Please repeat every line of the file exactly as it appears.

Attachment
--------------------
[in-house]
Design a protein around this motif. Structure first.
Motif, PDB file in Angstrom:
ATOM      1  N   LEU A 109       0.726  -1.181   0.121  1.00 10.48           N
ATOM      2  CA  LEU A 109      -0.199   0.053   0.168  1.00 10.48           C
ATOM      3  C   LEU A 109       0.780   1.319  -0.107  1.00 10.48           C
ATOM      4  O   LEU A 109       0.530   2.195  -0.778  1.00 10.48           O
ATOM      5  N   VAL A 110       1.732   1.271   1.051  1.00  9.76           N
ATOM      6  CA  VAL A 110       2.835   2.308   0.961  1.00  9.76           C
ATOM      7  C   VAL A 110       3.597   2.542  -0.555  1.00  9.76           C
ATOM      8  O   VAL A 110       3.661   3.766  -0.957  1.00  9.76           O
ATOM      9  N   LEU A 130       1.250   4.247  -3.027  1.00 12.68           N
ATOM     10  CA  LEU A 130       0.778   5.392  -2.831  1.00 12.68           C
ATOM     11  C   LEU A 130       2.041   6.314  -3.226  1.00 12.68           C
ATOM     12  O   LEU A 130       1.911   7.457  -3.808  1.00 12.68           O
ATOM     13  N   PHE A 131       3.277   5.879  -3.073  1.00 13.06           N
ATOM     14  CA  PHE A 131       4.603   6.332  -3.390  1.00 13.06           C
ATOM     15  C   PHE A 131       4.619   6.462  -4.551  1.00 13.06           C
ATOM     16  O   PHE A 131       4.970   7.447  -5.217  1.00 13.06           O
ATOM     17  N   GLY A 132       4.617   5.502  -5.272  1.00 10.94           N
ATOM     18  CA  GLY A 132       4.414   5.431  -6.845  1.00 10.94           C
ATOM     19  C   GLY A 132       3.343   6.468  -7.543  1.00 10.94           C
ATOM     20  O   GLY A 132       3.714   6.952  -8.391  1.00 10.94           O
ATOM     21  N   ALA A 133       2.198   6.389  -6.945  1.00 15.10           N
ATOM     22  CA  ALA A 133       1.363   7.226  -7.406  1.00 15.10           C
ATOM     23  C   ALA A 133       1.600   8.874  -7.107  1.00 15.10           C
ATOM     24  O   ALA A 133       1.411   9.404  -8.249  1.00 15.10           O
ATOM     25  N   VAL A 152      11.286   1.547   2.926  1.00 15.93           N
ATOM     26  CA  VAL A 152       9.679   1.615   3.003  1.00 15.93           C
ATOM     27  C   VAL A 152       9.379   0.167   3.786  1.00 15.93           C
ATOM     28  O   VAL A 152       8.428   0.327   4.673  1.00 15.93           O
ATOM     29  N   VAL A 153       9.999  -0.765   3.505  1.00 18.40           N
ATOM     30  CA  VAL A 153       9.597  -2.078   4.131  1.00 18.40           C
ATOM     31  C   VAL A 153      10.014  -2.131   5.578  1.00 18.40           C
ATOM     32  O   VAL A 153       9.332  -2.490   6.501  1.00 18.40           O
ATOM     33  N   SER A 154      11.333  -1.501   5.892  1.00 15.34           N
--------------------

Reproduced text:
[in-house]
Design a protein around this motif. Structure first.
Motif, PDB file in Angstrom:
ATOM      1  N   LEU A 109       0.726  -1.181   0.121  1.00 10.48           N
ATOM      2  CA  LEU A 109      -0.199   0.053   0.168  1.00 10.48           C
ATOM      3  C   LEU A 109       0.780   1.319  -0.107  1.00 10.48           C
ATOM      4  O   LEU A 109       0.530   2.195  -0.778  1.00 10.48           O
ATOM      5  N   VAL A 110       1.732   1.271   1.051  1.00  9.76           N
ATOM      6  CA  VAL A 110       2.835   2.308   0.961  1.00  9.76           C
ATOM      7  C   VAL A 110       3.597   2.542  -0.555  1.00  9.76           C
ATOM      8  O   VAL A 110       3.661   3.766  -0.957  1.00  9.76           O
ATOM      9  N   LEU A 130       1.250   4.247  -3.027  1.00 12.68           N
ATOM     10  CA  LEU A 130       0.778   5.392  -2.831  1.00 12.68           C
ATOM     11  C   LEU A 130       2.041   6.314  -3.226  1.00 12.68           C
ATOM     12  O   LEU A 130       1.911   7.457  -3.808  1.00 12.68           O
ATOM     13  N   PHE A 131       3.277   5.879  -3.073  1.00 13.06           N
ATOM     14  CA  PHE A 131       4.603   6.332  -3.390  1.00 13.06           C
ATOM     15  C   PHE A 131       4.619   6.462  -4.551  1.00 13.06           C
ATOM     16  O   PHE A 131       4.970   7.447  -5.217  1.00 13.06           O
ATOM     17  N   GLY A 132       4.617   5.502  -5.272  1.00 10.94           N
ATOM     18  CA  GLY A 132       4.414   5.431  -6.845  1.00 10.94           C
ATOM     19  C   GLY A 132       3.343   6.468  -7.543  1.00 10.94           C
ATOM     20  O   GLY A 132       3.714   6.952  -8.391  1.00 10.94           O
ATOM     21  N   ALA A 133       2.198   6.389  -6.945  1.00 15.10           N
ATOM     22  CA  ALA A 133       1.363   7.226  -7.406  1.00 15.10           C
ATOM     23  C   ALA A 133       1.600   8.874  -7.107  1.00 15.10           C
ATOM     24  O   ALA A 133       1.411   9.404  -8.249  1.00 15.10           O
ATOM     25  N   VAL A 152      11.286   1.547   2.926  1.00 15.93           N
ATOM     26  CA  VAL A 152       9.679   1.615   3.003  1.00 15.93           C
ATOM     27  C   VAL A 152       9.379   0.167   3.786  1.00 15.93           C
ATOM     28  O   VAL A 152       8.428   0.327   4.673  1.00 15.93           O
ATOM     29  N   VAL A 153       9.999  -0.765   3.505  1.00 18.40           N
ATOM     30  CA  VAL A 153       9.597  -2.078   4.131  1.00 18.40           C
ATOM     31  C   VAL A 153      10.014  -2.131   5.578  1.00 18.40           C
ATOM     32  O   VAL A 153       9.332  -2.490   6.501  1.00 18.40           O
ATOM     33  N   SER A 154      11.333  -1.501   5.892  1.00 15.34           N